Voting 146-34-0, the House of Representatives on Monday approved on third and final reading House Bill 8858, which lowered the minimum age of criminal responsibility to 12 from 15.
The House plenary session, presided by deputy speaker and Davao City Rep. Mylene Garcia-Albano, passed the bill that proposes to widen the scope of the juvenile justice and welfare system and strengthen the social reintegration programs for children in conflict with the law, and by amending Republic Act 9344 or the Juvenile Justice and Welfare Act of 2006.
Opposition lawmakers led by Albay Rep. Edcel Lagman were among those who opposed the bill’s passage.
“Lowering the minimum age of criminal responsibility will not result in lower crime rates. Data show that children commit only 1.72 percent of reported crimes and most of them are poverty-induced crimes like theft. Poverty is the problem that must be addressed and solved,” Lagman said.
Instead, Lagman said, the Juvenile Justice and Welfare Act of 2006 must be fully implemented with the assurance of adequate funding for non-penal institutions and programs for children in conflict with the law.
“We must not expose children to the adversities and hazards of prosecutory and judicial processes just because the government has failed to implement the juvenile justice law,” Lagman said.
“Due to lack of funding for the creation and operation nationwide of the Bahay Pag-asa, children in conflict with the law are bound to be confined in jail-like facilities. No prison is fit for a child.”
Magdalo party-list Rep. Gary Alejano echoed Lagman’s view. He said lowering the age of criminal responsibility “will not deter syndicates from doing criminal activities.”
Akbayan party-list Rep. Tom Villarin also said the bill lowering the minimum age of criminal responsibility to 12 years old was “highly unconscionable and goes against the best interest of the child principle.”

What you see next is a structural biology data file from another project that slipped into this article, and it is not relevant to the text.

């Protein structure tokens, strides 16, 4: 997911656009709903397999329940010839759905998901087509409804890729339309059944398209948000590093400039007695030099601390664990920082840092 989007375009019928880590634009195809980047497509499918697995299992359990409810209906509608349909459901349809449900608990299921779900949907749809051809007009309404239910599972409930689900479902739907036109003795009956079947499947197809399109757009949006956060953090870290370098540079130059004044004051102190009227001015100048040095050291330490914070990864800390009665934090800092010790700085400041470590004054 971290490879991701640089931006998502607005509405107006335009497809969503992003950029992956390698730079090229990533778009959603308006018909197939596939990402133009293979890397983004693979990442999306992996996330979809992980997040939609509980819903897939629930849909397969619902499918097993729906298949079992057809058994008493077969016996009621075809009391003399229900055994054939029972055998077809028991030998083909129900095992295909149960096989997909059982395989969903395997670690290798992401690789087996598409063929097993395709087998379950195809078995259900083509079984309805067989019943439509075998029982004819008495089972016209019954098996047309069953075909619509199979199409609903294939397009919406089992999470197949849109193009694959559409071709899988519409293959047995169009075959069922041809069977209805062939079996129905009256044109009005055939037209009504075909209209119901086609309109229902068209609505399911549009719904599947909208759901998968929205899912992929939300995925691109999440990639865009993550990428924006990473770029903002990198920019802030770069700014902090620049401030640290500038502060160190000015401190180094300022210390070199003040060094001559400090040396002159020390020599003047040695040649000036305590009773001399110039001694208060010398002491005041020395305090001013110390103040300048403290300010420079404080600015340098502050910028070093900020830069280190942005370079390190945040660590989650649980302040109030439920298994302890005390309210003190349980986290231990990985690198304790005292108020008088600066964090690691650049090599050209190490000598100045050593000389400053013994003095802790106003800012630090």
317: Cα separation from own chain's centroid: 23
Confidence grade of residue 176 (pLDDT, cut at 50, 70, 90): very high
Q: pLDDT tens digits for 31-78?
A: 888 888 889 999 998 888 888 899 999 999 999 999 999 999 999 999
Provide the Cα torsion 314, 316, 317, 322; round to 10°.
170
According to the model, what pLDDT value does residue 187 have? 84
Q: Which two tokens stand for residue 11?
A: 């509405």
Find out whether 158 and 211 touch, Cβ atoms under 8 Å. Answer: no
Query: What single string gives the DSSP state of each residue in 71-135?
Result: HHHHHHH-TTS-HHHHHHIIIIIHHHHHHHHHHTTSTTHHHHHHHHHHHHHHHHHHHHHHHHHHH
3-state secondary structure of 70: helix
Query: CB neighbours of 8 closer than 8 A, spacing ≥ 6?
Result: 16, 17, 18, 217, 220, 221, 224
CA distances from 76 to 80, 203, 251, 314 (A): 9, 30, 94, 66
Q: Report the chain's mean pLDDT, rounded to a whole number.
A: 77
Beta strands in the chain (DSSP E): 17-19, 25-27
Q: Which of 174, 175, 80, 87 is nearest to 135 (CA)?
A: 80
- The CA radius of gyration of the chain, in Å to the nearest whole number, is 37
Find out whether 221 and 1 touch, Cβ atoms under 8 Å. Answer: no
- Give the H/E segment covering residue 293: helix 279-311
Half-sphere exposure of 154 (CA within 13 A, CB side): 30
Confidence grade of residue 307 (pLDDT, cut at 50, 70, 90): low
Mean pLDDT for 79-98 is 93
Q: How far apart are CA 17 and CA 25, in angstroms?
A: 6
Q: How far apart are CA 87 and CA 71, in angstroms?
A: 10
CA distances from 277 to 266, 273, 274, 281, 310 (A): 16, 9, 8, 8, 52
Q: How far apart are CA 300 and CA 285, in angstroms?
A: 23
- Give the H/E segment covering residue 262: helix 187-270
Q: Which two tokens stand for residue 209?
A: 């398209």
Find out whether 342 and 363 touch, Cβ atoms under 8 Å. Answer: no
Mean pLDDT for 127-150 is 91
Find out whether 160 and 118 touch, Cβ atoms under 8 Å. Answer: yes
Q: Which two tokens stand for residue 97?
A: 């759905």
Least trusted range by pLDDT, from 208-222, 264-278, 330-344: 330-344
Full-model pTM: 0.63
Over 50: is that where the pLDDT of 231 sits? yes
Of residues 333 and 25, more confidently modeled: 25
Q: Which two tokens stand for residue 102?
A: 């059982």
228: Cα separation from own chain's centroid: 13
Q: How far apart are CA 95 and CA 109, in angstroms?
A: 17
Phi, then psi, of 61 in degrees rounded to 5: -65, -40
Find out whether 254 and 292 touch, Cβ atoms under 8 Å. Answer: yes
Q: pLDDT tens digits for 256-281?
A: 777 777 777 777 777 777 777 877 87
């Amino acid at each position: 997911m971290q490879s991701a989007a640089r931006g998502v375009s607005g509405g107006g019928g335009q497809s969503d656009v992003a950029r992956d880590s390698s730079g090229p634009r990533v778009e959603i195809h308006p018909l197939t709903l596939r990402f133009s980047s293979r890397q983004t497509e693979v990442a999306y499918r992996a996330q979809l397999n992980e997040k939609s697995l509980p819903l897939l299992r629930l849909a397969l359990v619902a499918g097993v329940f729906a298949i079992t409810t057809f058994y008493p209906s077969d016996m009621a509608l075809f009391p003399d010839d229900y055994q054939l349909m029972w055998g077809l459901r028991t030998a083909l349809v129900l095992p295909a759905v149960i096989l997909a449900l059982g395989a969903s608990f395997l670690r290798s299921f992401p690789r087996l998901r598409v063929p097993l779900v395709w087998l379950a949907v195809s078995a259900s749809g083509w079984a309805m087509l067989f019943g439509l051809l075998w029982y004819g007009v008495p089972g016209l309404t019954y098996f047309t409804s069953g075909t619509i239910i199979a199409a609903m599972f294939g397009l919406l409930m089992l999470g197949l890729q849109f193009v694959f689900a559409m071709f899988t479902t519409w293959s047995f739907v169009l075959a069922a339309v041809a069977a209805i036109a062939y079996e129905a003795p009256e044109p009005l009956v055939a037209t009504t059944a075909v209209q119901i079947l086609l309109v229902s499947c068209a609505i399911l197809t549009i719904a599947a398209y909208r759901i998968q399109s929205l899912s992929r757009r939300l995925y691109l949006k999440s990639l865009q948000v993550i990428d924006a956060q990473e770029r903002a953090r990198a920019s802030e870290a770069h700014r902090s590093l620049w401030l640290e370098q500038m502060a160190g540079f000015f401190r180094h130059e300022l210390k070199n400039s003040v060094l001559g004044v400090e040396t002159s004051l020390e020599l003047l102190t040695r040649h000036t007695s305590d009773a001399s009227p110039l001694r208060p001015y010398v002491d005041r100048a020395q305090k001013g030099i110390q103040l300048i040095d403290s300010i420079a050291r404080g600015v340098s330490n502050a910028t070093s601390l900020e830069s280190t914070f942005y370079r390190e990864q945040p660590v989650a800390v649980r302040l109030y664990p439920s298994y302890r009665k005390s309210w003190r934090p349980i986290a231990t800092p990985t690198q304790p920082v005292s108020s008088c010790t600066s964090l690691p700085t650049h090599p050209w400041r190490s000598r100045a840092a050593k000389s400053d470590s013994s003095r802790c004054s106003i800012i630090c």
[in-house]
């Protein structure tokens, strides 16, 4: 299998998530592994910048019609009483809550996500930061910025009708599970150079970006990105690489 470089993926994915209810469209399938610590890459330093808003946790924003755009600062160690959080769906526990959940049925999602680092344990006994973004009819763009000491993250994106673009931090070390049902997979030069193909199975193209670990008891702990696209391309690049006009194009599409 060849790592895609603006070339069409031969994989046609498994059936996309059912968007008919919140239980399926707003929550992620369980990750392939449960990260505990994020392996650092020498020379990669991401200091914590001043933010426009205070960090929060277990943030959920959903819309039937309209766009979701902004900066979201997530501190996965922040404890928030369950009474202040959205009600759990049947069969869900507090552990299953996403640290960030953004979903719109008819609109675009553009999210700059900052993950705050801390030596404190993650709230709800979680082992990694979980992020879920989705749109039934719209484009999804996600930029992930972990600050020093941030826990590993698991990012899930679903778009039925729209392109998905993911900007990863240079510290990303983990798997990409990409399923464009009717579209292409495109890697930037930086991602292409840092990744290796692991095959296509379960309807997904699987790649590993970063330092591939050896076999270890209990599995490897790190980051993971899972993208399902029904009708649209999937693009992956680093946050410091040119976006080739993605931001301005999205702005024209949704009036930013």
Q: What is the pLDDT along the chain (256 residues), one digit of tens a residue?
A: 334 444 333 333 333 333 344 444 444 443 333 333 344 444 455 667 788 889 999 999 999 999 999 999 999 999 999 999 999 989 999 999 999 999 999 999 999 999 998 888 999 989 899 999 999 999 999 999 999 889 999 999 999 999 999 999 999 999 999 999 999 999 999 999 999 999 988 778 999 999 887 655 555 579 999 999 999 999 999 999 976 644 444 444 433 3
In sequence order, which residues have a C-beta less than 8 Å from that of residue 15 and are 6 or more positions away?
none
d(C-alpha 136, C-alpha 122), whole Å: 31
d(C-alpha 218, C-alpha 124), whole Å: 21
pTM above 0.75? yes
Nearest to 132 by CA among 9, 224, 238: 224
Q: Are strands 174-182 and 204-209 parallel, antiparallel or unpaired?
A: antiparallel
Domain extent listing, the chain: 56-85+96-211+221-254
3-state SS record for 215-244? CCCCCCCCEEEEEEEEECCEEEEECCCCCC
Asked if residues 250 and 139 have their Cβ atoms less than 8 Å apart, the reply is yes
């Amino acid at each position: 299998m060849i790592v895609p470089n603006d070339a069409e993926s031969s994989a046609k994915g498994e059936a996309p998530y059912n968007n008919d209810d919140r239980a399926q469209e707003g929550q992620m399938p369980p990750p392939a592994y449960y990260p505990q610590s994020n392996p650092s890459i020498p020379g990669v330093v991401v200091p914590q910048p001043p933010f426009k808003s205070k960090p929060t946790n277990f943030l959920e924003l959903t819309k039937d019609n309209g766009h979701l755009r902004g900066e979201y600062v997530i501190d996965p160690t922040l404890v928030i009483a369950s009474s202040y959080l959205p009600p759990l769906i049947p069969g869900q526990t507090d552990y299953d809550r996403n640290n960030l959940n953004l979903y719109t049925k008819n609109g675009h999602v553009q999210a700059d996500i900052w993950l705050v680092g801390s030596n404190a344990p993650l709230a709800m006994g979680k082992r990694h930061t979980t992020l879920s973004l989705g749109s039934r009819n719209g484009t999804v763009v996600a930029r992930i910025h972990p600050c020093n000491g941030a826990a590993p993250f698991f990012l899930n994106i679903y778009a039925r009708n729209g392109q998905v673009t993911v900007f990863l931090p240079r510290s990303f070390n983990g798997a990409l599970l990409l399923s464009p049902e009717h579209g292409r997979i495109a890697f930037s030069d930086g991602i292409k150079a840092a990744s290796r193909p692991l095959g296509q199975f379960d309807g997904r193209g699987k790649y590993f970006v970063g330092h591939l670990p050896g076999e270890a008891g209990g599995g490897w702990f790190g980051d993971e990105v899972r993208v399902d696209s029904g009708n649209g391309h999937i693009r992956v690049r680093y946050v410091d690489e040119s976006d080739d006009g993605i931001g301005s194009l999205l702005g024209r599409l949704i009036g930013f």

“It is a complete reversal of whatever gains we had under the Juvenile Justice Welfare Act or RA 9344, which until now remains unimplemented,” Villarin said.
“Putting children under our much-flawed criminal justice system condemns them to a life of crime and punishment. From arrest, arraignment and prosecution, children will be put in detention regardless if the bill says otherwise as children are not separated from adults under our criminal justice.”
House Committee on Justice chairman Doy Leachon, who sponsored the bill on the floor, said the House members decided to change the previous proposal to lower the minimum age of criminal responsibility to nine years old and was changed to 12 years old.
He said an overwhelming majority of the House members welcomed the shift pegging 12 years old as the new minimum, including all the co-authors of the measure.
Leachon said the measure focuses on safeguarding children through reform and rehabilitation.
The approved bill includes provisions to ensure funding for the development of Bahay Pag-asa, a 24-hour child-caring institution to provide short-term residential care for children in conflict with the law.
Under the provisions of the measure, a child under 18 years old who commits a petty crime will not be subjected to mandatory confinement in a Bahay Pag-asa facility.
Mandatory confinement will be implemented if the crime committed by the child is a serious offense; if they are neglected children, meaning they do not have a family; or if it is a case of recidivism.
If there is no Bahay Pag-asa facility in the area to cater to the child, they will be temporarily released on recognizance to their parents.